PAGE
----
Elon Musk Travels to China to Boost Innovation in Full Self-Driving Cars

Elon Musk in China - Self Driving Cars

Elon Musk’s unexpected journey to China seems to have yielded significant results. The billionaire made a surprise trip to Beijing, engaging in discussions with senior officials and striking a deal with the Chinese search engine giant Baidu.

This whirlwind visit followed closely after Musk opted out of a scheduled trip to India to meet with Prime Minister Narendra Modi, citing prior Tesla commitments.

In Beijing, Musk met with Premier Li Qiang, China’s second-highest-ranking politician, to discuss the implementation of Tesla’s Full Self-Driving (FSD) technology in the largest automotive market globally.

Approval for the FSD software could potentially revitalize Tesla’s sales in China, which have faced challenges due to fierce competition from local competitors and growing concerns regarding electric vehicles (EVs).

Elon Musk in China

The collaboration with Baidu focuses on enhancing mapping and navigation functionalities for Tesla’s autonomous driving software.¬†This strategic move could provide a much-needed boost to Tesla, which has relinquished its market dominance in the world’s largest EV market.

Tesla has struggled amid intense price competition from Chinese counterparts, losing its status as the world’s leading EV seller to BYD in 2023. Additionally, China’s economic slowdown and uncertainties in the property market have subdued consumer demand, affecting high-value purchases.

The approval of FSD could significantly impact Tesla’s revenues, as the company charges $8,000 for the technology in the US or offers a subscription at $99 per month.

Dan Ives, an analyst from Wedbush, highlighted the potential of the deal, stating, “This could open up FSD in China, which I view as unlocking what could be, really, the golden opportunity for them.”

Elon Musk in China – Self-Driving Cars

Chinese authorities also announced that Tesla’s locally manufactured cars now meet data-security requirements. This development comes after Beijing’s previous concerns over security issues related to Tesla vehicles’ cameras, leading to restrictions on their use by state personnel in 2021.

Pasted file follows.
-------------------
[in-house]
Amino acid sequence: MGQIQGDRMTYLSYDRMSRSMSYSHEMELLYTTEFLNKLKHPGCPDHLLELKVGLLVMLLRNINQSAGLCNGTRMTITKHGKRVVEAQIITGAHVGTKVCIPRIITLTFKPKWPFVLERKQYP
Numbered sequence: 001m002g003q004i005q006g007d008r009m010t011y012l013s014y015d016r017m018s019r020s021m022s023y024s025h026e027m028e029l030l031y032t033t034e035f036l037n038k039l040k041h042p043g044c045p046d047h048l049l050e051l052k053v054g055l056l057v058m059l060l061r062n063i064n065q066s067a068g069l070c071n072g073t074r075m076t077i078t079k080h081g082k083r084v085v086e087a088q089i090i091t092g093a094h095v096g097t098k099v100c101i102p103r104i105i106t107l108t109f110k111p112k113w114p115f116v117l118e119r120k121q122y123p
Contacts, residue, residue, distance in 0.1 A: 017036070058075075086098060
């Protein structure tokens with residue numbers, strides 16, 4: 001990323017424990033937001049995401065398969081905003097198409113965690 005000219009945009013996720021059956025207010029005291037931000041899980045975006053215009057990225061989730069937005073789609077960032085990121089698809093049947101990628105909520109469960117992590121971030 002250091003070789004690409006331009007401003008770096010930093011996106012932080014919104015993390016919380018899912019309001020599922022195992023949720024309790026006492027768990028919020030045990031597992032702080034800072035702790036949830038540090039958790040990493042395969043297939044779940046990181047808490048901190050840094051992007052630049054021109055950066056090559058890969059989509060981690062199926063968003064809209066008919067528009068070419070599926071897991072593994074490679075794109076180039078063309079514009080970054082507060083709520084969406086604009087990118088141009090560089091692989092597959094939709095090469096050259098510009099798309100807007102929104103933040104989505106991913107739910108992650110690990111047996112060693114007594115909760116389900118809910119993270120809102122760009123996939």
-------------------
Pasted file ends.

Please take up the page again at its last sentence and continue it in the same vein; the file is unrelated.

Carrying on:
Musk’s visit to China coincided with challenging times for Tesla. The company reported its first quarterly revenue decline since 2020 during its recent earnings call, falling short of Wall Street’s already modest expectations. Tesla has also implemented workforce reductions of around 10% and faced recalls for its recently launched Cybertrucks.

Despite these challenges, Tesla’s stock surged following Musk’s announcement of the imminent release of more affordable EVs. Although specifics regarding pricing and availability were not disclosed, the news reassured anxious investors.

The stock’s upward momentum underscores the enduring influence of Musk’s promises on investor sentiment. Tesla is expected to see a nearly 10% increase in stock value when trading resumes.

While contending with formidable competition from China’s automotive industry, Musk’s visit demonstrates his resolve to confront challenges head-on.

Tesla did not provide immediate comments when contacted by Business Insider outside regular working hours.

Nate O'Hara
Nathan is a seasoned commerce writer with a passion for unraveling the intricacies of the business world and distilling them into engaging narratives. During his academic journey, he delved deep into subjects like economics, marketing, and entrepreneurship, honing his analytical skills and developing a keen understanding of market dynamics.